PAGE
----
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It is probable that this wheel was in existence in 1581. It was then known as the ‘Wheel at Sharrow Head’ and was owned by the Duke of Norfolk. The tenant was Thomas Greenwood.
John Hale was the tenant in 1719. There was a succession of tenants, including John Hall (from 1731).
Thomas Wilson, a shearsmith, rented the wheel from 1737. Thomas was followed by his son Joseph who was involved in saw-making although he was also developing the trade of snuff-making at Sharrow.
The mill was badly damaged by fire in 1763 and much of the tobacco stock was destroyed.
The mill was rebuilt and the snuff business expanded. The cutlers wheel is no longer mentioned from that date.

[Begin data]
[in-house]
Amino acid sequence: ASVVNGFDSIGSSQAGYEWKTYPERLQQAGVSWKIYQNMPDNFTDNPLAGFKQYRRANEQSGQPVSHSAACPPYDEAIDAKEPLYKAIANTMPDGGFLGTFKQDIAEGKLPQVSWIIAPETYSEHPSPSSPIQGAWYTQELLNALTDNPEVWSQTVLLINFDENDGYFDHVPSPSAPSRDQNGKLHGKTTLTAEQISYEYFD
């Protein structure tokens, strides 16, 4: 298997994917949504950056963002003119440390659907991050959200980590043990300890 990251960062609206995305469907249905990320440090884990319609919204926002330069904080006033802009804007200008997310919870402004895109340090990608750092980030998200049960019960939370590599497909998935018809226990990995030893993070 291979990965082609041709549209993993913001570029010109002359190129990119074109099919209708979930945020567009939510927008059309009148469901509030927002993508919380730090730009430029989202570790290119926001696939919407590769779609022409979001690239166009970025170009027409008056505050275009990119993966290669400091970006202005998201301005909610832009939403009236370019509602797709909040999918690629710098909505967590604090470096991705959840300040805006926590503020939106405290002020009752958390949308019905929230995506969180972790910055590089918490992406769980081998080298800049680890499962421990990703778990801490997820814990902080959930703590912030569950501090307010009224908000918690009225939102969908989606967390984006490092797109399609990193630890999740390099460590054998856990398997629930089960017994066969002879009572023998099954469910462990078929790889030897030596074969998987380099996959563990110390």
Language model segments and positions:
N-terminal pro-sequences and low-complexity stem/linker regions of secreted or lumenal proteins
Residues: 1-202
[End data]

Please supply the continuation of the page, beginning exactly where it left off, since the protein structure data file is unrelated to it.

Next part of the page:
The Wilsons bought the freehold of the mill site, from the Norfolk estates, in 1798 at about the time when steam power was introduced.
By 1819, the site had expanded to include a drying house, a warehouse and packing rooms.
The Wilson family have continued to operate the mill at Sharrow as a Snuff Mill. The business is now known as Wilsons and Co. (Sharrow) Ltd.
What is visible now?
The mill – known now as Wilson’s Snuff Mill – still occupies the site.
The buildings, dam and grounds have been well maintained and the water wheel has been restored. It is still capable of driving the old mortar and pestles although they are no longer used for commercial production.
There is an excellent view of the mill pond and the buildings from Frog Walk (from Sharrow Vale Road). The tail goit from the wheel, runs initially under the Porter Brook and emerges to run alongside the brook which it joins just before the weir which originally fed the dam for Stalker Wheel.
More photos taken in and around Sharrow Snuff Mill can be seen in the
Sharrow Mill Photo Gallery
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